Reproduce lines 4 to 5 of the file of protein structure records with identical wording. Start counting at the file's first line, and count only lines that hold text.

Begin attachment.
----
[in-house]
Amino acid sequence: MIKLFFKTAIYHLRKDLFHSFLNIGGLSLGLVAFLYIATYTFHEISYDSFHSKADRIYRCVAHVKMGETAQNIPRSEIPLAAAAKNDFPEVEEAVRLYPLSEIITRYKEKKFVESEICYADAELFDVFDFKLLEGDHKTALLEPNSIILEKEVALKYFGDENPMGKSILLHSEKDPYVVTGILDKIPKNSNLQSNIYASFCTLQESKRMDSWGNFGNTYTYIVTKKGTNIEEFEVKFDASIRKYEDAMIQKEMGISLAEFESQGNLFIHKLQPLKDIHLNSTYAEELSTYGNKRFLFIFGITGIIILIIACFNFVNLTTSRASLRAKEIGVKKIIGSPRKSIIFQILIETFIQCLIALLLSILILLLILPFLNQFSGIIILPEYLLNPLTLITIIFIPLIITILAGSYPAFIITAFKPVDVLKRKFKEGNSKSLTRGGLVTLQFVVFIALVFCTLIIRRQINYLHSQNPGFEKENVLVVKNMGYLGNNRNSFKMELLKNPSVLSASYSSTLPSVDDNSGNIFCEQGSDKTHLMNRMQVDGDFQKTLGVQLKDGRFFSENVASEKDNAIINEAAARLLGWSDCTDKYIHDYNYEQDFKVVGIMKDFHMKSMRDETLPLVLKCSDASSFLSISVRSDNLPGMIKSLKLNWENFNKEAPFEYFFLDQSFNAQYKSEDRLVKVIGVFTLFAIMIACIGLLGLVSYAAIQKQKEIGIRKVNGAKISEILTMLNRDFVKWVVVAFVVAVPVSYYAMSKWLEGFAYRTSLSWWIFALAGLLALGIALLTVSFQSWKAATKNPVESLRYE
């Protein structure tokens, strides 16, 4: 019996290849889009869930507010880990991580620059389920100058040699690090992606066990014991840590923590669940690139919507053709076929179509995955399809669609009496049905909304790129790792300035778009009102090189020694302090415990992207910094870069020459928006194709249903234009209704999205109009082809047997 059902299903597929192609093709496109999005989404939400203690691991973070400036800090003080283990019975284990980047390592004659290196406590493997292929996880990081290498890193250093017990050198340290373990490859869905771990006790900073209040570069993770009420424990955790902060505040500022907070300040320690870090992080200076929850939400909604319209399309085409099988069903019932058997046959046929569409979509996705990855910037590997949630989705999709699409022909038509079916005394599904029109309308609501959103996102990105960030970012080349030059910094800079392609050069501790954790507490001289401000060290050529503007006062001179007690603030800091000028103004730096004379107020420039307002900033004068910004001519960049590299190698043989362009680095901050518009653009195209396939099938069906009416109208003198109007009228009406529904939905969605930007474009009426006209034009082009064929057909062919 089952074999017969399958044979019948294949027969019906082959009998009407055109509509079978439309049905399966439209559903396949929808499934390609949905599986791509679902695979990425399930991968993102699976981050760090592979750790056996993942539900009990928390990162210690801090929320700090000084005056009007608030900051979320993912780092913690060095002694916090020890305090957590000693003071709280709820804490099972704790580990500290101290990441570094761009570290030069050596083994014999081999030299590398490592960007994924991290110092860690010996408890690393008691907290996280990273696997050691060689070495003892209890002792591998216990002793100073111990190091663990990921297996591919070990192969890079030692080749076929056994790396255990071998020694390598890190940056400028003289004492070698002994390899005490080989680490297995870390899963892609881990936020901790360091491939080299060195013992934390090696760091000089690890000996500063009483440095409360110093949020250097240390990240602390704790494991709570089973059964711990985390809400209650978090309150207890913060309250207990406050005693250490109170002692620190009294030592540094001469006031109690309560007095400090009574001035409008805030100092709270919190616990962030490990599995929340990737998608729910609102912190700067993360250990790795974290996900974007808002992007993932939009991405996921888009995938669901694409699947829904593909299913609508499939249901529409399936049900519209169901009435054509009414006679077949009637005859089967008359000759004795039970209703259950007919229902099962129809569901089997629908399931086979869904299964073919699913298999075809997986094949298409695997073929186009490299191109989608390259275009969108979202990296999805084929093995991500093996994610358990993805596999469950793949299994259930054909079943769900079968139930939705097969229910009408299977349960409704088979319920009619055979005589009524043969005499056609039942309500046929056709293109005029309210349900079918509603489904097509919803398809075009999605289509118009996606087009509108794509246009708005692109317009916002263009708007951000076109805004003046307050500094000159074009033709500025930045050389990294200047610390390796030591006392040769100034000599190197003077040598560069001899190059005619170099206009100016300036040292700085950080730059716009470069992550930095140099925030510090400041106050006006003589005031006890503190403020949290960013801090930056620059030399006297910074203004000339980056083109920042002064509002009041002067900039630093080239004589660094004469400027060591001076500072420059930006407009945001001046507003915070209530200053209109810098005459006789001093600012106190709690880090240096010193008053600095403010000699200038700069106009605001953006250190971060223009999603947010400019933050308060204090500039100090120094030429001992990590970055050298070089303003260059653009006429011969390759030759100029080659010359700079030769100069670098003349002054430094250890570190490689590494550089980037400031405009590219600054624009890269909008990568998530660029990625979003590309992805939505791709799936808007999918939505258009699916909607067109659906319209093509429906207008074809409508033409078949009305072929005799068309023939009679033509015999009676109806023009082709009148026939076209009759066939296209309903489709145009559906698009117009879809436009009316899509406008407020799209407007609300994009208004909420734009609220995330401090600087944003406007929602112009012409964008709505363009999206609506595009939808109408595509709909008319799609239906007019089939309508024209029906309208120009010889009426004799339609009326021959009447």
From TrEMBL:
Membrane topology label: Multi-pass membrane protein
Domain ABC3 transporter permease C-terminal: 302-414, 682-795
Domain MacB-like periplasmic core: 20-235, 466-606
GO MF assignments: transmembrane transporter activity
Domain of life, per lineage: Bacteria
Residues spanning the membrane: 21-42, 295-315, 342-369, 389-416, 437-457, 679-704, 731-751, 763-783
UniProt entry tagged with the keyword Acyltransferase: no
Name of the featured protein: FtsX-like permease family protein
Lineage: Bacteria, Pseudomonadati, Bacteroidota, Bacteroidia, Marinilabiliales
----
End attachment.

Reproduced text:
From TrEMBL:
Membrane topology label: Multi-pass membrane protein